“Killing the Snake Plant” by Shannon Connor Winward

Shannon Connor Winward


after “Reupholstering a Chair” by Jenn Givhan

This used to be the tallest living thing
in the house without legs. What happened?
You can’t remember if it was over-water
under-light, death-by-cat—just that
you read somewhere the limbs, sleek and stiff, once 
damaged, would never recover. Best to amputate, make room
for the new. Your scissoring left only two fingers 
poking out, a desert of husks 
tiny and curled
on themselves as if flinching. You left them
by the sliding door—full afternoon sun—and you stayed
your lust, your watering can. You trusted
time would do its work. But then you touched one
and it broke. You watch the other, now
worried it too is illusion
that beneath that dry earth lies the loss
of the plant entirely, its leaves, majestic, green
as serpents rising to the ghost of a charm 
that you no longer possess. 

Prompt: “When my children were young, when I was tired and sick all the time and struggling to write, I felt Jennifer Givhan’s ‘Reupholsteringa Chair’ like an unvoiced scream. I tried to learn from what Givhan does with space, and the brutality of lines like ‘Your love will no longer / unclog drains or screw in light bulbs / or replace the hydrangeas you’ve suffered / death in the tiny plot you vowed to protect.’ I challenged myself to start with an ‘after’ to echo those invocations—the quiet desperation of trying to patch together chaos with a staple-gun—but from my own lived experience. That cutting voice of self-doubt became my inadvertent murder of the thing I was trying to save in the poem, and over time the scissoring of couplets became the undulating lines of that long-suffering plant that may or may not be dead in the corner of my kitchen.”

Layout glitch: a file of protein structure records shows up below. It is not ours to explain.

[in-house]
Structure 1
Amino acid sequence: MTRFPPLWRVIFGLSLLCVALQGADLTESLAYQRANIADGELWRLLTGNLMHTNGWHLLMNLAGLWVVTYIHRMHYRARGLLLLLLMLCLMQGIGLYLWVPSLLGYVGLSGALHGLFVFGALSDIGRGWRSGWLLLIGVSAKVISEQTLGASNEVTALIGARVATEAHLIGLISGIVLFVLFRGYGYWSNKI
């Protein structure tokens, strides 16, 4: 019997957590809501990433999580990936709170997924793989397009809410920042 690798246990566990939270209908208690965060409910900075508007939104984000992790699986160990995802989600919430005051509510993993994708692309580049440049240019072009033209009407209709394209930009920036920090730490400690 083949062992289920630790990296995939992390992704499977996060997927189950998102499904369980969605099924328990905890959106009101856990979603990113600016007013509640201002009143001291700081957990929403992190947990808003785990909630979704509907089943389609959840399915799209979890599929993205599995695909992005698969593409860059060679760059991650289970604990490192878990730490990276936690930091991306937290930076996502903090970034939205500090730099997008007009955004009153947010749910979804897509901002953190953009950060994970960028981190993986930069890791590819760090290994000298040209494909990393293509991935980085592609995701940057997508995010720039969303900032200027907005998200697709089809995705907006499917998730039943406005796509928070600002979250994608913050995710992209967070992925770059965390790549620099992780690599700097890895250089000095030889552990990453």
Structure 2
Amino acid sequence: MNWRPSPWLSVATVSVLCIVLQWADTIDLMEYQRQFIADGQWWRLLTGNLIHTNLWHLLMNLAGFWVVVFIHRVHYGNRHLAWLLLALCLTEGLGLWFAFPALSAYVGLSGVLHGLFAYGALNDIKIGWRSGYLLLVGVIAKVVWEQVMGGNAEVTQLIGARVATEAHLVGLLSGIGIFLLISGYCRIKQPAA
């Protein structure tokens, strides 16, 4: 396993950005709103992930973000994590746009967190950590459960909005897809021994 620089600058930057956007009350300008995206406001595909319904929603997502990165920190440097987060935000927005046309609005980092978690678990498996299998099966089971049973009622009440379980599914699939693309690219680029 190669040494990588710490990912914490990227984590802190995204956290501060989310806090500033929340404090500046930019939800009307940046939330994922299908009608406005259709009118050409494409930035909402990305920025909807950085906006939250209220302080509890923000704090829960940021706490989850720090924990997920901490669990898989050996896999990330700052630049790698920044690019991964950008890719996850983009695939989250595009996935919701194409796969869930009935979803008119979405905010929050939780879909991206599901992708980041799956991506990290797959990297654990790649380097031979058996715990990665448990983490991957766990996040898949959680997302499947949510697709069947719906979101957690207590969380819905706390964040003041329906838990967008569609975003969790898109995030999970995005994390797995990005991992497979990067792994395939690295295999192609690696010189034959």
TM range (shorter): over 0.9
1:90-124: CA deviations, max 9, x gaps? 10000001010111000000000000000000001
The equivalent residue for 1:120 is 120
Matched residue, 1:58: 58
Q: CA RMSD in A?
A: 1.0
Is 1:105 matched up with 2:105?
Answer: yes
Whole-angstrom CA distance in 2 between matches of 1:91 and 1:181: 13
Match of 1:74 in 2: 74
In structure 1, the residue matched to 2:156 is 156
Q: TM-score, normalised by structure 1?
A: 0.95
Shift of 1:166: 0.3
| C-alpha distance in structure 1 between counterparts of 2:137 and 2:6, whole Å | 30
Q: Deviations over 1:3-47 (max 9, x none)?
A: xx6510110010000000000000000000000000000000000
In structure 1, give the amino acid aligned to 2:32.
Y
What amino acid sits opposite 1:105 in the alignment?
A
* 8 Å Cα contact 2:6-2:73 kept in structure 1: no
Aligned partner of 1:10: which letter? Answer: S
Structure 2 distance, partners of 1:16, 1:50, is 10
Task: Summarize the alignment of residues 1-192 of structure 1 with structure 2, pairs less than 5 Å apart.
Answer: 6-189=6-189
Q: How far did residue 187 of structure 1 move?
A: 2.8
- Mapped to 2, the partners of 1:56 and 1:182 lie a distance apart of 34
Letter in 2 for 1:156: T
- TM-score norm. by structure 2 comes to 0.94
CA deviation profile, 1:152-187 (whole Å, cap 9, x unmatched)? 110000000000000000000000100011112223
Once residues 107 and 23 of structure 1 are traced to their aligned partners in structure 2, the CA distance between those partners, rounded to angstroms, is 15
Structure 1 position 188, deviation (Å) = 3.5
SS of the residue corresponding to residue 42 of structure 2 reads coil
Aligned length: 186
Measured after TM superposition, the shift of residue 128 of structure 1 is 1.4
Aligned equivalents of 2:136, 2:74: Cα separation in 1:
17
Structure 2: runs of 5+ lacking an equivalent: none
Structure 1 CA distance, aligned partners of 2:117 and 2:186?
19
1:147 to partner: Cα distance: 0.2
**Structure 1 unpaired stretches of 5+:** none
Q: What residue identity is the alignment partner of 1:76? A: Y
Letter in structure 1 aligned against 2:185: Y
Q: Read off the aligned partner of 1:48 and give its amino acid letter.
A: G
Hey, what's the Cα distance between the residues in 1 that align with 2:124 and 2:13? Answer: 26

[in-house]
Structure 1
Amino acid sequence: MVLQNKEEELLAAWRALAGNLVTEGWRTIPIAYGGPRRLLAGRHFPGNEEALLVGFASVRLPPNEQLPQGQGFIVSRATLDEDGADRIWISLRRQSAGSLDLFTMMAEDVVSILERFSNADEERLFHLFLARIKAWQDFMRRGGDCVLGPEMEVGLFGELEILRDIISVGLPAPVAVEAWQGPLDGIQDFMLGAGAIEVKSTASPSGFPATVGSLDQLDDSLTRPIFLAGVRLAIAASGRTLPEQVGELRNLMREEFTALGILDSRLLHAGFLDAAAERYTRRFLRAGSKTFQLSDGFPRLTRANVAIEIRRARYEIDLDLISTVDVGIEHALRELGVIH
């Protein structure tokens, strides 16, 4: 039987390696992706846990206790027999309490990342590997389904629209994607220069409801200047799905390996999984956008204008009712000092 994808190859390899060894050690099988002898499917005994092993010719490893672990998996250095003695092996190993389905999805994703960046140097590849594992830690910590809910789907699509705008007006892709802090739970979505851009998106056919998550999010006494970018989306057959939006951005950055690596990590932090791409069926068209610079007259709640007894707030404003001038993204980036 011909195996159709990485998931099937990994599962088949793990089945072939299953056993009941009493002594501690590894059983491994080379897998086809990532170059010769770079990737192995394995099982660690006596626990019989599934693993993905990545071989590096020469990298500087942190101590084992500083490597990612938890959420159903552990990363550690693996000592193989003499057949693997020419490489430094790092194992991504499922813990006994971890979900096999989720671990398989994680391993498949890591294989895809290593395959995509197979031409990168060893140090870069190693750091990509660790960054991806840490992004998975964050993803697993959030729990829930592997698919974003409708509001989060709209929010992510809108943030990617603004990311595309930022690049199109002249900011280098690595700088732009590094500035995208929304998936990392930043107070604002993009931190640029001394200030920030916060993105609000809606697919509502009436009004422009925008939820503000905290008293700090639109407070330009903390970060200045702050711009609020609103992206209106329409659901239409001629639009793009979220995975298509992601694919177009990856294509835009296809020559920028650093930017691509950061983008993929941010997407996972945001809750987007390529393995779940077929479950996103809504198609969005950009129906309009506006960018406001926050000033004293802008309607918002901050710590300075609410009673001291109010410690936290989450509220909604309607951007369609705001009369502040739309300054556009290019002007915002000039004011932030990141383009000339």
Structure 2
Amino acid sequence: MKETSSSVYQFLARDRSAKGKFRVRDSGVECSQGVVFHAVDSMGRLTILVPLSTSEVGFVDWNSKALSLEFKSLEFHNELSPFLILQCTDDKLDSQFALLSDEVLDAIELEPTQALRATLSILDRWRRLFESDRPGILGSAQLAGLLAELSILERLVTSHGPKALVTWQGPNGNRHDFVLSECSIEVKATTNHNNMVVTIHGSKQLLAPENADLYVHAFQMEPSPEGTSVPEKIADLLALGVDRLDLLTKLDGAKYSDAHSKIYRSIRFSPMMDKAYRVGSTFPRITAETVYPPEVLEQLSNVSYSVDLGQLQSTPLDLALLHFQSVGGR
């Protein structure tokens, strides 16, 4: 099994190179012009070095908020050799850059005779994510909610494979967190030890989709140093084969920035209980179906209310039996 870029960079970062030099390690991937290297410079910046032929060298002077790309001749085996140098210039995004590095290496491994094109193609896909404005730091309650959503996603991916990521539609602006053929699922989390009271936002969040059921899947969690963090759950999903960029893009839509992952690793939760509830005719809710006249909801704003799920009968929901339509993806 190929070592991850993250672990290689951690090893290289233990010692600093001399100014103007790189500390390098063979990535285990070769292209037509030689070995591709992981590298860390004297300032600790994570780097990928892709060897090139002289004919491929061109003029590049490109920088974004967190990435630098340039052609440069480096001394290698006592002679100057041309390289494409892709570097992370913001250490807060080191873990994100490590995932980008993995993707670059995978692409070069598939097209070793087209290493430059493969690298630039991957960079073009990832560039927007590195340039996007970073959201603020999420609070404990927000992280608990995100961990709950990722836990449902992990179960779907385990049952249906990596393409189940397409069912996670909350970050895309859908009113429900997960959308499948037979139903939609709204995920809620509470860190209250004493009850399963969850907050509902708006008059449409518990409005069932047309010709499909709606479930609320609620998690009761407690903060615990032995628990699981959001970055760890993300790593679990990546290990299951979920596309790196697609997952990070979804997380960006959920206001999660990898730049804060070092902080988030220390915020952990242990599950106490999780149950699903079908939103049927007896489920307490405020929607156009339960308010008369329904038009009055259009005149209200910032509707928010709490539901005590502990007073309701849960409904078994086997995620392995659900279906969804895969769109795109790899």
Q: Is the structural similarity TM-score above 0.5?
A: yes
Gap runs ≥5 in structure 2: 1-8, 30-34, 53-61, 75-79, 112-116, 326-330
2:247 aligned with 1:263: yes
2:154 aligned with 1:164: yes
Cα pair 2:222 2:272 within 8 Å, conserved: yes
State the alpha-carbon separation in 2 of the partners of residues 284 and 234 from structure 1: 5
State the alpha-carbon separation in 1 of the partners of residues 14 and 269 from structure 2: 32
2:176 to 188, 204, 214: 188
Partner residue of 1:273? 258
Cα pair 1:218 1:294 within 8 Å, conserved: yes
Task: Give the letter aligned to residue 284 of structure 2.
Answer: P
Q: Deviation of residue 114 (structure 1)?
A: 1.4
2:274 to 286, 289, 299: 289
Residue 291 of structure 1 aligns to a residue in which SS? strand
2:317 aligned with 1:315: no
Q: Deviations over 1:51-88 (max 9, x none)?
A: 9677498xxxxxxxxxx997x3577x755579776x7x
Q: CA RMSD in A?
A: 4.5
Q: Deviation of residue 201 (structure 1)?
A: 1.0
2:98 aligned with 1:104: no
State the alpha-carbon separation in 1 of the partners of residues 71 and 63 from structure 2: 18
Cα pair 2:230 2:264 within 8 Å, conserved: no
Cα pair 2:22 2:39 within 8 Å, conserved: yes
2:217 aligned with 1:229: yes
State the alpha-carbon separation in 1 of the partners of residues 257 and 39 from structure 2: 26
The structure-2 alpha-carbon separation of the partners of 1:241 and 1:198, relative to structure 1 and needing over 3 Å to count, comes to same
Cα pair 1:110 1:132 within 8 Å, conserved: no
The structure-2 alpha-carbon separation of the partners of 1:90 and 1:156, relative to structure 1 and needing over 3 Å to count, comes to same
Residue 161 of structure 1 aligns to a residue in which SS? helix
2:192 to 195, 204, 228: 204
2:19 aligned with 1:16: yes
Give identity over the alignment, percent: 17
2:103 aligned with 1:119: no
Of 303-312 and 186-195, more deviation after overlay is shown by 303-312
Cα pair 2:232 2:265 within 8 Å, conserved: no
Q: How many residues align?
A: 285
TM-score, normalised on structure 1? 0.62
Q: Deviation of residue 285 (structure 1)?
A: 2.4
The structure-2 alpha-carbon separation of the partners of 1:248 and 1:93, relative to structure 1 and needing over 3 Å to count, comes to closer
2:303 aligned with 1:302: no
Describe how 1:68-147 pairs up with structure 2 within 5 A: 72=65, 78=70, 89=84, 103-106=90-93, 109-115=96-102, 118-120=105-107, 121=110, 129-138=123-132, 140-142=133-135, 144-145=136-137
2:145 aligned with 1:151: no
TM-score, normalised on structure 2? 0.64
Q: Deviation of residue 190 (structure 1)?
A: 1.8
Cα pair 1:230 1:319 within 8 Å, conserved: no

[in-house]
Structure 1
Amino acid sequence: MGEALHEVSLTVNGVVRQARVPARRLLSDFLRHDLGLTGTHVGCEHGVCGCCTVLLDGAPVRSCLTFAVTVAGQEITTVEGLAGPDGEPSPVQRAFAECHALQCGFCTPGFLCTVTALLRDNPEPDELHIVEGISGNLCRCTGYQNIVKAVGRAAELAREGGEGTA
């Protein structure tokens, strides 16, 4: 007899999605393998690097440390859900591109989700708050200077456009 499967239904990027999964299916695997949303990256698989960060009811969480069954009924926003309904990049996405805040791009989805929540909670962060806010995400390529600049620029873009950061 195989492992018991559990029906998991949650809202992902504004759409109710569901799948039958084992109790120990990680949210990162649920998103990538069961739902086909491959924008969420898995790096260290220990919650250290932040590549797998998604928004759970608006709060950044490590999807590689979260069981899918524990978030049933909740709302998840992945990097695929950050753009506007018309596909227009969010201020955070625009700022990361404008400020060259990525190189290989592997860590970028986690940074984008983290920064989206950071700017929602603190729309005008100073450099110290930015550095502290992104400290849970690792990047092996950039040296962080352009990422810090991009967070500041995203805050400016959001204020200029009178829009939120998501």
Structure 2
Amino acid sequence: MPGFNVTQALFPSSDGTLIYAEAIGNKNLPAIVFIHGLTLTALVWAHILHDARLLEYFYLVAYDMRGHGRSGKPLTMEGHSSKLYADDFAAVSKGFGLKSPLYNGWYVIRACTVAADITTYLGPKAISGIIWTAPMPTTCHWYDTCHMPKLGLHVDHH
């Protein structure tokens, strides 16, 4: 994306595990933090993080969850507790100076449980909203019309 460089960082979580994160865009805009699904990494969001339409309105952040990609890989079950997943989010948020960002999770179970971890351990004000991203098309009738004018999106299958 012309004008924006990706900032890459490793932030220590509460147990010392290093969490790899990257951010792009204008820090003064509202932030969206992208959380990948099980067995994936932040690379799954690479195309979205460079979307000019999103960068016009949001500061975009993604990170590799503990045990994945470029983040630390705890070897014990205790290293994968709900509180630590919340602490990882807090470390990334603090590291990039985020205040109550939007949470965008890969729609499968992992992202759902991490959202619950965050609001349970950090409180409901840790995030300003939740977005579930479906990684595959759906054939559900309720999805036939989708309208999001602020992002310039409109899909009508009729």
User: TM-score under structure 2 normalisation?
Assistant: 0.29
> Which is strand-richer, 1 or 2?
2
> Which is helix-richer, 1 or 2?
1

from Rattle #81, Fall 2023
Tribute to Prompt Poems


Shannon Connor Winward: “My creative process is a cycle of productive highs and lingering lows. Over a lifetime, I’ve learned ways to navigate a dry spell, such as the use of prompts to encourage words to start flowing again. When I am struggling to find my own voice, it often helps to engage with the voices of poets I admire. I might start with a poem that speaks to whatever it is I feel unable to say, looking closely not just at what the poet says, but how, and also what they leave out.”

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